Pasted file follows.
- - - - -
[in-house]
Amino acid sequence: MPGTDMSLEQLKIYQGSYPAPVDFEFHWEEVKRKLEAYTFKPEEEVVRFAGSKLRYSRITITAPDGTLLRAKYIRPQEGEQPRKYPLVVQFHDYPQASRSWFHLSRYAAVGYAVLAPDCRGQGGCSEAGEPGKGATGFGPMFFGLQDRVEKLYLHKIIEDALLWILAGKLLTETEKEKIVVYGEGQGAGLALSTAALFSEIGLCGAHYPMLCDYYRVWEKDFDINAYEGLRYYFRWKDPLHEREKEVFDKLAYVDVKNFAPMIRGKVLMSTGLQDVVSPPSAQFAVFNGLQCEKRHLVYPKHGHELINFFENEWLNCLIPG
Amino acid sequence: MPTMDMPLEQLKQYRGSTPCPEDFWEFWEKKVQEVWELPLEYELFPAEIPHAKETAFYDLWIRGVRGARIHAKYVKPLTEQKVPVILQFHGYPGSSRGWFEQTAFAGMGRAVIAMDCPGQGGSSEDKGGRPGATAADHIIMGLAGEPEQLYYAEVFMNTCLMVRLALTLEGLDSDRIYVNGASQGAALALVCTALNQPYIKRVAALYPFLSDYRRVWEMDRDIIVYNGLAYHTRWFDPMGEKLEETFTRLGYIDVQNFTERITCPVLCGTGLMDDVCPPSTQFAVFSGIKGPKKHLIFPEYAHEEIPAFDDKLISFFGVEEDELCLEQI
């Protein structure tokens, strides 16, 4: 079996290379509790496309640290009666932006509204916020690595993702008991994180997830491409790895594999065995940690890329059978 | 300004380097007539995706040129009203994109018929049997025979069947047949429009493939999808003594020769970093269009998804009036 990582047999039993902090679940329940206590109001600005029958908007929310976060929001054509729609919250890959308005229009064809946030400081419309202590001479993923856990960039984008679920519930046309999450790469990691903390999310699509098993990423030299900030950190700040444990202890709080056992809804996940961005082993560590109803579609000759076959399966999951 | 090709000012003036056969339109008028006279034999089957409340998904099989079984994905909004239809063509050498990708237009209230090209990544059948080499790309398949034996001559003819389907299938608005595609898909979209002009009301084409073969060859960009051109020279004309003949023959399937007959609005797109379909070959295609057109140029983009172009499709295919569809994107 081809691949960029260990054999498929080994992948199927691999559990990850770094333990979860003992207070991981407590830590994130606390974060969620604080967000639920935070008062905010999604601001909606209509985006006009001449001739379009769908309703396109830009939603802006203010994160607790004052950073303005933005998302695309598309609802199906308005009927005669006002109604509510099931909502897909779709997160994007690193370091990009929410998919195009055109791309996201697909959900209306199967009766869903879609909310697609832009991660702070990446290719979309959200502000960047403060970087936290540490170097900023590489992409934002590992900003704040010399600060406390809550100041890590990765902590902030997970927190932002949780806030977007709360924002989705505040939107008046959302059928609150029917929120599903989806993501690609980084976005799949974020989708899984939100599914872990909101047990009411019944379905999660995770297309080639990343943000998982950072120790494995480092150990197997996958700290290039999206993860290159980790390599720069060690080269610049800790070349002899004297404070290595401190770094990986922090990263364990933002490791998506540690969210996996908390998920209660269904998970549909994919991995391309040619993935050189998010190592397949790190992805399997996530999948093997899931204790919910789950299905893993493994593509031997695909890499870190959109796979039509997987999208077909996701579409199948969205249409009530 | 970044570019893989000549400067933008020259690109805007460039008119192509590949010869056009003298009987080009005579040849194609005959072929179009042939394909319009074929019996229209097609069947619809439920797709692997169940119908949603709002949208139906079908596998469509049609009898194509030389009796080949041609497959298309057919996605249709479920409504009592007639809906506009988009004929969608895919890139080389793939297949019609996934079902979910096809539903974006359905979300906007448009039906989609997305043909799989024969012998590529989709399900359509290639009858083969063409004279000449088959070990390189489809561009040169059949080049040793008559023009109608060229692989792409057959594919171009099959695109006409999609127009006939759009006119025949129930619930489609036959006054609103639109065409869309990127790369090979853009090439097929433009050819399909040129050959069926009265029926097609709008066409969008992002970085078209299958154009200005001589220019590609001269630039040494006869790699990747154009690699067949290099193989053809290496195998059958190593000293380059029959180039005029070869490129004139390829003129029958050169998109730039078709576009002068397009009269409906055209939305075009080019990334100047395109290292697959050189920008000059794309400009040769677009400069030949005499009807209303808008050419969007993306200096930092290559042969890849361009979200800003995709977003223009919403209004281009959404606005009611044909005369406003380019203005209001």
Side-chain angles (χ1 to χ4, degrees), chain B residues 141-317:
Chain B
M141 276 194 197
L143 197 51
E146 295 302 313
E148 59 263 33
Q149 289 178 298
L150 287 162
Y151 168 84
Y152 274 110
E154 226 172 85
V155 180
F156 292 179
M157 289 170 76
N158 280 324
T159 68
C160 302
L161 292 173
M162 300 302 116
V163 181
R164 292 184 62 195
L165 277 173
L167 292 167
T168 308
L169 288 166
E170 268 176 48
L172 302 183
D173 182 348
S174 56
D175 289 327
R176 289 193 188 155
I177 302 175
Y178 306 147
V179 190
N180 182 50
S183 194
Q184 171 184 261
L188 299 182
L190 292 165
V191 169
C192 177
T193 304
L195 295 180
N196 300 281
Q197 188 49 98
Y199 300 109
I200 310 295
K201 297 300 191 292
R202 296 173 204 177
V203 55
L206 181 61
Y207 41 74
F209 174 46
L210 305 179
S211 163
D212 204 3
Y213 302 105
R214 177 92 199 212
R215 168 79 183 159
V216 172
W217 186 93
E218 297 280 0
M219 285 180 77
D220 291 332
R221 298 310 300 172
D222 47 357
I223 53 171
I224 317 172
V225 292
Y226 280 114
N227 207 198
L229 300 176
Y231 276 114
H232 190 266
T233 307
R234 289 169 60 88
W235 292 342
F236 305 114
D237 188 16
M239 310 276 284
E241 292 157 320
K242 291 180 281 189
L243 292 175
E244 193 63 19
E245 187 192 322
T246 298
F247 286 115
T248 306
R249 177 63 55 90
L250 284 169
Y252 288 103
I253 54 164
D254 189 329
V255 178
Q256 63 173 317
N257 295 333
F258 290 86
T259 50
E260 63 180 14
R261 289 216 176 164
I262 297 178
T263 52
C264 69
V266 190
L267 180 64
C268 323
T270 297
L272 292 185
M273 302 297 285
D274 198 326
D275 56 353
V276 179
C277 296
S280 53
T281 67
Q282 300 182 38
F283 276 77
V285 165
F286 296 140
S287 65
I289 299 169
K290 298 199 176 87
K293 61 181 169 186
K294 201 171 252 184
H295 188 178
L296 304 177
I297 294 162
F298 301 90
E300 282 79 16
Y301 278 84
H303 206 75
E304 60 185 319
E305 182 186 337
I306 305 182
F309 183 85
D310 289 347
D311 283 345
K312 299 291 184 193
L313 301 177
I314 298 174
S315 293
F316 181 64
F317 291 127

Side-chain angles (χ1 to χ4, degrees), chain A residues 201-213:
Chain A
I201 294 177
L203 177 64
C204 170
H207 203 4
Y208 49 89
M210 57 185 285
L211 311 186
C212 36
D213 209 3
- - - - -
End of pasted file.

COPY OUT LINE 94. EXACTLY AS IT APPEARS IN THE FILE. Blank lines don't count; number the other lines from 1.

L250 284 169